About Me

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TsooRad is a blog for John Weber. John is a Skype for Business MVP (2015-2018) - before that, a Lync Server MVP (2010-2014). My day job is titled "Technical Lead, MS UC" - I work with an awesome group of people at CDW, LLC. I’ve been at this gig in one fashion or another since 1988 - starting with desktops (remember Z-248’s?) and now I am in Portland, Oregon. I focus on collaboration and infrastructure. This means Exchange of all flavors, Skype, LCS/OCS/Lync, Windows, business process, and learning new stuff. I have a variety of interests - some of which may rear their ugly head in this forum. I have a variety of certifications dating back to Novell CNE and working up through the Microsoft MCP stack to MCITP multiple times. FWIW, I am on my third career - ex-USMC, retired US Army. I have a fancy MBA. One of these days, I intend to start teaching. The opinions expressed on this blog are mine and mine alone.

2017/07/28

SfB Default AD Containers

Scenario

You know how those tin-foil-hat types are…

image

If it can be changed to “enhance” security, then by golly!  Let’s do it!  The problem, of course, is the rule of unintended consequences.  You know, what happens to something else because of action A, that is totally unplanned, and no one knows about it.

And, while I am mentioning it… have you ever noticed that the same team YOU have to run everything through for approval never asks your team if it is OK if they make a change?  They just do it?  Odd how that works out, eh?

Adelante.

The Oops!

It turns out that about 6 weeks ago, the aforementioned team instituted a change to the default AD containers.  To whit, they changed the default computer container to be something other than the OOBE.

Turns out that breaks SfB big time.  As in no more publishing the topology.  A Get-CsAdDomain fails.  But that is the clue to the fix.

The Fix

Simply run the SfB Domain prep again.


YMMV

2017/07/19

Technical Consulting

Something went through both of my brain cells today. And to keep a long story short, it centers on your approach to the question – whatever the question might be at the moment. But, let’s confine the definition to work, where we spend a goodly portion of our life, and how we would like that portion of life to be as good as possible.

I was listening to a hotshot answer what I narcissistically thought was a great question when the light bulb lit. His answer was not only covering the technical aspects that I needed to hear that he knew, but he was (quite cleverly) also feeding in the business angle aspects to the answer formula. In essence, he was answering my follow-on questions of “what is the business reason for taking this action and does this action resolve the situation with the minimum staff adjustments in terms of time and skill set and did you cover the hidden costs as well as storage, cpu, ram, racks, et cetera.”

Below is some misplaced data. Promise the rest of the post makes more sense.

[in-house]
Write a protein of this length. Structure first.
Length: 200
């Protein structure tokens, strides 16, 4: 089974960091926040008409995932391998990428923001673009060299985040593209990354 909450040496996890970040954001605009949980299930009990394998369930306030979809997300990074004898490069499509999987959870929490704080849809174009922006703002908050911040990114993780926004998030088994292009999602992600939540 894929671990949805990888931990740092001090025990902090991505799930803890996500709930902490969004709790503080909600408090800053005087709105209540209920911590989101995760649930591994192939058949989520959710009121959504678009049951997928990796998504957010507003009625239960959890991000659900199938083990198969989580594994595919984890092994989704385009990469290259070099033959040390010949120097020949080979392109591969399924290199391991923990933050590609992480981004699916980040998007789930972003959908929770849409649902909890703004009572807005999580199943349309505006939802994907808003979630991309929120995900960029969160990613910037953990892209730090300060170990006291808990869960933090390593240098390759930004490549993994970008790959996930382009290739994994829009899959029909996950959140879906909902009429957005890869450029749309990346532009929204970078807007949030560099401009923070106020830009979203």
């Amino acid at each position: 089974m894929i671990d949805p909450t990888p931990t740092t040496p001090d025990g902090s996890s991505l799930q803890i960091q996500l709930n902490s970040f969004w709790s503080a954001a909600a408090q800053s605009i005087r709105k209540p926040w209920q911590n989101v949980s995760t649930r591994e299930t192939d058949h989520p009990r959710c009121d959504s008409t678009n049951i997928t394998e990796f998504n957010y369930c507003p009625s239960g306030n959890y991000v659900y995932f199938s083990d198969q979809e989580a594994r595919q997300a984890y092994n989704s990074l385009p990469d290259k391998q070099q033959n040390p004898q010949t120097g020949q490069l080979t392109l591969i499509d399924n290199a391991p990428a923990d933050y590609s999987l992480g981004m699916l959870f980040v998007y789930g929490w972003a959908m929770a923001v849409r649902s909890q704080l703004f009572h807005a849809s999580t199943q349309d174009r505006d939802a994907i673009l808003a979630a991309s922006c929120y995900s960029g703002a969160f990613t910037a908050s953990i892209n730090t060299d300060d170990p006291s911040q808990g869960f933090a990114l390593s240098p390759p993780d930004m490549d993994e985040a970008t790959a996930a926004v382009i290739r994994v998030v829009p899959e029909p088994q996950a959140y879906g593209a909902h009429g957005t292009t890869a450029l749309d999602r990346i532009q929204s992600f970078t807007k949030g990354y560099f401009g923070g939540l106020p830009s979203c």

In short, he was doing really well answering my question. And I know he was the same in front of the customer. Everyone needs to have this guy on the team.

At any rate, the light bulb lit up on the concept of technical v consulting answers. Mr. Hotshot could have stuck with the pure techno-babble, with lots of numbers, specifications, descriptions of how to do it, and all of that fun stuff. Surely, there is great value in having someone know exactly how to do whatever it might be right off the top of his or her head. I wish I could do that sometimes. I usually revert to being able to point them right at some reference work. Works for me. And reserves my spare brain cell for other things.

Details are critical to our success. Mr. Hotshot was clearly in the right spot – he can bang out the details like no-one’s business. And he knows what he does not know. And he knows how to defer the question to an issue parking lot for follow-up. Perfect.

Mr. Hotshot could also have just gone the technical route and ignored the consulting aspects until asked. All the logistics questions and staff and culture type stuff could have waited. There is some tremendous value in knowing all of that stuff even if at first glance it does appear to out of scope for our project. After all, “how is lunch served around here?” is an important project scheduling point.

But more to the point, what about using those consulting skills to identify architectural detail about the environment, impact to the project (and affecting the defining business goals/requirements) and perhaps dredge up more business? Gees. That sounds awful salesy huh? How about the idea that the design might need to change in mid-project? There is a benefit to having your very own in-house consultant, eh?

We have two approaches to doing what we do. You can be deep technical. You can dive in deep. I know a guy that you can call at almost any hour and pose some bizarre Active Directory or Registry question. Just be prepared to scribble fast because there is no way you will remember the details the forthcoming answer will encompass – but it is going to answer your issue. He knows some serious technical depth stuff.